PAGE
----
Apollo, TPG founders to give up financial information

A Chicago bankruptcy judge has approved the request from the creditors of Caesars Entertainment Operating Co to review the personal financial information of the private equity firm executives.

A US bankruptcy judge has asked Caesars Entertainment Corporation (CEC) directors, which include TPG Capital Management founder David Bonderman and Apollo Global Management co-founder Marc Rowan, to disclose details of their wealth to creditors of the casino holding company's bankrupt subsidiary.

Last week, Judge Benjamin Goldgar approved a request from Caesars Entertainment Operating Company (CEOC)’s creditors, which included information about the executives’ personal financial information. Goldar granted the request in part, altering it in an unspecified manner, according to a filing.

A group of second priority creditors argued in a 31 August motion that the directors should be required to disclose information about their personal finances. The disclosure would be used to determine whether the individuals’ ability contribute financially to the reorganisation plan in exchange for being released from potential financial liabilities relating to allegations of fraud.

Among the information the creditors sought in their motion include the individuals’ net worth, sources of income and documentation for any entity in which the individual held an interest.

The other individuals include David Sambur, a partner in Apollo’s private equity arm, Kelvin Davis, a member of TPG’s management committee, Eric Hession, CEC’s chief financial officer, and Gary Loveman, the former CEO chief executive officer.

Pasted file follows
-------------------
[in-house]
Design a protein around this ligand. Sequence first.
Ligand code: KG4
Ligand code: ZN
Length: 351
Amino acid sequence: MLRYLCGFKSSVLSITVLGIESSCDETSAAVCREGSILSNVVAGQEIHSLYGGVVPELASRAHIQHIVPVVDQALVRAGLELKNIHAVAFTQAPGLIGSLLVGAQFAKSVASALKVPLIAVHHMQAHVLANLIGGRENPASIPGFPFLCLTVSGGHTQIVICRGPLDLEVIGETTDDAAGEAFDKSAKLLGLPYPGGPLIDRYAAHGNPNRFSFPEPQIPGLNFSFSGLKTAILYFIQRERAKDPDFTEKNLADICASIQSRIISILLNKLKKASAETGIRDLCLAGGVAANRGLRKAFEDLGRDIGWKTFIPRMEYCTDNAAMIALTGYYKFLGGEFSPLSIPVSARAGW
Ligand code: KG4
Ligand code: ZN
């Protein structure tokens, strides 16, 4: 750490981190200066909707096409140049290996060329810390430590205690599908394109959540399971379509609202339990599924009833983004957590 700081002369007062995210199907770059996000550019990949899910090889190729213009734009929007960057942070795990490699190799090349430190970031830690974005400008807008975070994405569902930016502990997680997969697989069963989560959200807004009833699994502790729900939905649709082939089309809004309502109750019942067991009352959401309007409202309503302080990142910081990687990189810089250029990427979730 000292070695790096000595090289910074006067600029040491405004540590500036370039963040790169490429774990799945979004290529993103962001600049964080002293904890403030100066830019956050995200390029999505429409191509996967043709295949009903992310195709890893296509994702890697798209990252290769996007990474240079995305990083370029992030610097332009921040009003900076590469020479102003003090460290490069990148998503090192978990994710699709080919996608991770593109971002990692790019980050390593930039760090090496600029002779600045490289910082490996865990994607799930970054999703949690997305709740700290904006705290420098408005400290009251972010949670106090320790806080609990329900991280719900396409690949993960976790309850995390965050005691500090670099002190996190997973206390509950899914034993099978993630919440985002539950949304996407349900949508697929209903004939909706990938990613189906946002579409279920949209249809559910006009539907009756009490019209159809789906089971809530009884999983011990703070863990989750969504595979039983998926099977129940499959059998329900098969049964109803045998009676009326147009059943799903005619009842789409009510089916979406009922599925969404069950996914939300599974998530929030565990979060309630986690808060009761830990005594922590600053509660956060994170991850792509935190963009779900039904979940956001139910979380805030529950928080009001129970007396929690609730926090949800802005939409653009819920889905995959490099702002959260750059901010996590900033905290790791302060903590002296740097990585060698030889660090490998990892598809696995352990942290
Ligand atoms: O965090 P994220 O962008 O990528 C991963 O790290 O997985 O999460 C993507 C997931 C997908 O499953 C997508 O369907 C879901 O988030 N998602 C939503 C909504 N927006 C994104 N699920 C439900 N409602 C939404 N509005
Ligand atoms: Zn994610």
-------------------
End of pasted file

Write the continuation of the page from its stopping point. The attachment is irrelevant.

“These folks are going to have to pony up the paper,” Judge Goldgar said at the hearing, according to news reports.

The individuals specified in court papers filed documents expressing opposition to the second priority creditors’ demands to disclose information about their personal wealth. Among other arguments asserted, the individuals said the requests pose an undue burden.

In its motion, the second priority noteholders’ wrote a “central feature” of the reorganization plan is “the release, for no contribution, of billions of dollars of meritorious claims” CEOC has against the individuals. The creditors allege the individuals “were insiders whose wrongdoing contributed directly to the looting and eventual demise” of CEOC.

CEOC filed for bankruptcy in January 2015 amid creditor accusations that parent CEC and private equity sponsors Apollo and TPG had stripped the operating arm of its best assets.

In August, the judge suggested that the firms should chip in to help restructure CEOC in its Chapter 11 case. The company’s current reorganization plan includes a $4 billion payment from CEC but not from TPG or Apollo, as previously reported by sister title Private Debt Investor.

At a 16 August meeting, former mediator and federal bankruptcy judge Joseph Farnan asked whether TPG and Apollo would “fund up to $250 million to reach a ‘best and final’ deal” for a 58 percent recovery for the debtor’s second priority noteholders. CEOC’s creditors and other parties, including CEC, were party to the negotiations.

Caesars is being represented by Kirkland & Ellis, while Jones Day leads the defence for the second priority noteholders.

Andrew Hedland contributed to this article.